Beyond the sturdy wooden gate, the strange black dog trotted off into the fields beyond. The men watched its monstrous spectral illuminated form for several minutes, and they continued to hear the strange nightmarish clattering of the ghost dog’s hoof-like paws, which gradually seemed to fade into the disturbing shadows of the trees on the far side of the pasture. 

The poachers decided to call it a night, and as they dispersed into smaller groups to head for their homes, the conversation was of confusion and fear, as they tried to understand what they had all witnessed in the lush fields and ancient woodlands of Tregrehan Mills on that fateful and haunted moonlit night.

Artwork copyright Paul Atlas-Saunders

Please see here for source material

This piece was first published in Lien Gwerin no. 2

© Alex Langstone

Saturday, 10 July 2021

St Morwenna and Reverend Hawker

"...fair as the sea...."
 

St Morwenna and Reverend Hawker

Alex Langstone


July 8th is the feast of Morwenna, patron saint of the most northerly parish in Cornwall. Morwenstow  lies six miles north of Bude and close to the source of the River Tamar. The story of Morwenna is, like so many of the Celtic saints, one of pilgrimage and the sacredness of place. Morwenna was born during the early part of the 6th century in South Wales. She is listed as one of the many children of Brychan, which would mean that she came from Brecon.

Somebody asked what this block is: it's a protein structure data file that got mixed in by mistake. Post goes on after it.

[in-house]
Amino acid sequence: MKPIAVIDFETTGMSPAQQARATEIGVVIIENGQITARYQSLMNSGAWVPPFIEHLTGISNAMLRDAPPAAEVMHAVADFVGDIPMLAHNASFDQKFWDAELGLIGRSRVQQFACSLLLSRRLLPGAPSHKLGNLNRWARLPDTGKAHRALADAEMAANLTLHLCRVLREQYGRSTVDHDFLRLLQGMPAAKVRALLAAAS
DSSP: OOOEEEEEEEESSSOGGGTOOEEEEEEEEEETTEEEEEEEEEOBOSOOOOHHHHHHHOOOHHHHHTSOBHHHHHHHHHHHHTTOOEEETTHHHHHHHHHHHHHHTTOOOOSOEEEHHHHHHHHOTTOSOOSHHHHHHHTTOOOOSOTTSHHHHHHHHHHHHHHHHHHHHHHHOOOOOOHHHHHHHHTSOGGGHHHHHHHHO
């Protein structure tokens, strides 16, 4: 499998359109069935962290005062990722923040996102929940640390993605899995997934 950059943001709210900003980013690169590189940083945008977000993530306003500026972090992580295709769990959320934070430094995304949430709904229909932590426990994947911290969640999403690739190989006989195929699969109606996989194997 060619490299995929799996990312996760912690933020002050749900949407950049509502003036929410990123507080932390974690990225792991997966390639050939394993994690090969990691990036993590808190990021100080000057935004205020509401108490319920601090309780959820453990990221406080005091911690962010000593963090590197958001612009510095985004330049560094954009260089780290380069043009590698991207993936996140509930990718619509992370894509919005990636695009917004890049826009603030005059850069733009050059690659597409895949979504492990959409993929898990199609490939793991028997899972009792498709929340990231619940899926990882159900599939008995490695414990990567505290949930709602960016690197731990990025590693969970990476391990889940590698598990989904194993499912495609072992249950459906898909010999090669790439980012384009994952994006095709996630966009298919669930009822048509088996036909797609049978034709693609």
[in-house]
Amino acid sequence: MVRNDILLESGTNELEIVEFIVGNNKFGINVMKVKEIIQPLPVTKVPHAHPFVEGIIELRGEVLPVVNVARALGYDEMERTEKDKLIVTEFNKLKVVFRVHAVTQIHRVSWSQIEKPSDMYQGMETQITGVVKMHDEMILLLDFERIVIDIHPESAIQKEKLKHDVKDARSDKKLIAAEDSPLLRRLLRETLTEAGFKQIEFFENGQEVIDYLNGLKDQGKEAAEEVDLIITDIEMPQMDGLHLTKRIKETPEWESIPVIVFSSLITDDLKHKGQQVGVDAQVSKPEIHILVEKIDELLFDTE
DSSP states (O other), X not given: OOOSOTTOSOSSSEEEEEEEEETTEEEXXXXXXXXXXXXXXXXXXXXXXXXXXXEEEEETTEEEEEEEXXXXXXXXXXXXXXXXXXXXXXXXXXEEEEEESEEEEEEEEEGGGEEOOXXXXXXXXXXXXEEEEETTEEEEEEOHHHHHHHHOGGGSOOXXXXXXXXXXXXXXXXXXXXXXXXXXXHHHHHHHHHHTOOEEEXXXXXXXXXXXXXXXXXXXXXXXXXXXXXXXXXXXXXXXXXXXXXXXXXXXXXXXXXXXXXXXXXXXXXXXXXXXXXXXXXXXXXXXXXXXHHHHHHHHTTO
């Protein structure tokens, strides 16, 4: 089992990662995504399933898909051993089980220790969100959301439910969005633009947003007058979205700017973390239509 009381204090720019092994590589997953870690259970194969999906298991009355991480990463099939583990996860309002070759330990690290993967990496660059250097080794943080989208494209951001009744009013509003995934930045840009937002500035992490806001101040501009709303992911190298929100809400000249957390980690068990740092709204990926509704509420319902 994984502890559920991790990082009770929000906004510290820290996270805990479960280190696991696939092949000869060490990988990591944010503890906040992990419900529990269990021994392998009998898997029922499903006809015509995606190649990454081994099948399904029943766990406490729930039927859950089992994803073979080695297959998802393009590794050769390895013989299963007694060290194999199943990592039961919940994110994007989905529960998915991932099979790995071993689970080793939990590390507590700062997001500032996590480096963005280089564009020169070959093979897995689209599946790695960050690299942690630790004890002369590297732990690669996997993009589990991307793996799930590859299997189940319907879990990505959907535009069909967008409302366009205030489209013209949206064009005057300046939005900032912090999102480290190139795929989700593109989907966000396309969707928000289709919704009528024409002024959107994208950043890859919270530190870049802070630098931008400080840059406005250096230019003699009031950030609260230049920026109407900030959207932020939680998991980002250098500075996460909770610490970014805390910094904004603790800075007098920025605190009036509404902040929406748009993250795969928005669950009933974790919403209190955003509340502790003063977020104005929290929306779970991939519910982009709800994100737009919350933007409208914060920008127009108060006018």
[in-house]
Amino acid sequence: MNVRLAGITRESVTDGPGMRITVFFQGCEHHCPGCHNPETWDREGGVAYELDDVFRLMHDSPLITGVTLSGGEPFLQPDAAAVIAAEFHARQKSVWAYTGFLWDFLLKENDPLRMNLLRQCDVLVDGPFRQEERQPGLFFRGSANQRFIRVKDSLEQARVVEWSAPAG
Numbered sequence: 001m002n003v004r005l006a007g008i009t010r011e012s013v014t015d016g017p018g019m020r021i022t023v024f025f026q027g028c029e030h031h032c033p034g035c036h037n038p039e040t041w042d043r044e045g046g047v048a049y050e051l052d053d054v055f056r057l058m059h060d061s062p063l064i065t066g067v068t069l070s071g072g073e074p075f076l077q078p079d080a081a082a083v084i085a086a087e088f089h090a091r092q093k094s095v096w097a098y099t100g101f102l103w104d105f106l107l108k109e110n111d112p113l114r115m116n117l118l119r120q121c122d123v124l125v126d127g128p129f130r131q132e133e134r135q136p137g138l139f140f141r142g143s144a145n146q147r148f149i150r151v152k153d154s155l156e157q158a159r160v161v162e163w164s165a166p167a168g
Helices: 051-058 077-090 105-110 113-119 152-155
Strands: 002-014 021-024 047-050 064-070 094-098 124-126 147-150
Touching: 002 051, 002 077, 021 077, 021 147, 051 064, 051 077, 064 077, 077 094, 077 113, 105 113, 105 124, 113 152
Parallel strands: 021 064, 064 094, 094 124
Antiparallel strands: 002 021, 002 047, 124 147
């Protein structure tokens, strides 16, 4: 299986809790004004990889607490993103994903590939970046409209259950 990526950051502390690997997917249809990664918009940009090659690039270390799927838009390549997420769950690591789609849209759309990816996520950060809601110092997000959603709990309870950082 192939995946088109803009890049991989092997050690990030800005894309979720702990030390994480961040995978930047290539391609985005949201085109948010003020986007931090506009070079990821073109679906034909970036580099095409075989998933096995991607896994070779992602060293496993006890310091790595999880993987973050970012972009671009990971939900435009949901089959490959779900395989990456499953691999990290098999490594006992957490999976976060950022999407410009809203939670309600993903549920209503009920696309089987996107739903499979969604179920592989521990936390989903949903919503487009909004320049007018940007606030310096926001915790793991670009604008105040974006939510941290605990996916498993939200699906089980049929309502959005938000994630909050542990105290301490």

Holy well of St Morwenna

Her name is thought to be cognate with Welsh morwyn, meaning “maiden”, and poetically as “fair as the sea”. Her legend states that she trained in Ireland before coming to North Cornwall where she built her cell on the cliff top. The story goes that Morwenna carried all the building stones needed to build her hermitage from the beach far below. One day she dropped one large stone on her way back up the cliff path. Where the stone fell a miraculous spring gushed forth. The holy well of Morwenna can still be seen half way up the cliff, perched precariously overlooking the wild and stormy ocean. Morwenna is said to have died here, and her body was buried close to where the Norman church now stands. No story of Morwenstow is complete, however, without the mention of folklorist, antiquarian, poet and eccentric, the Reverend Robert Stephen Hawker, composer of the Cornish anthem, “Song of the Western Men” and remembered for re-introducing the harvest festival into the church calendar in October 1843, where bread was made from the last wheat harvest for the communion, and food was given to the poor.

Hawker has become part of the folklore of Morwenstow, and indeed he completely championed St Morwenna as patron of his parish. Sabine Baring Gould once called to question the reality of the story of Morwenna, and Hawker replied:

“What! Morwenna not lie in the holy place at Morwenstow! Of that you will never persuade me, -- no, never. I know that she lies there. I have seen her, and she has told me as much; and at her feet ere long I hope to lay my old bones.” 

St Morwenna's church, Morwenstow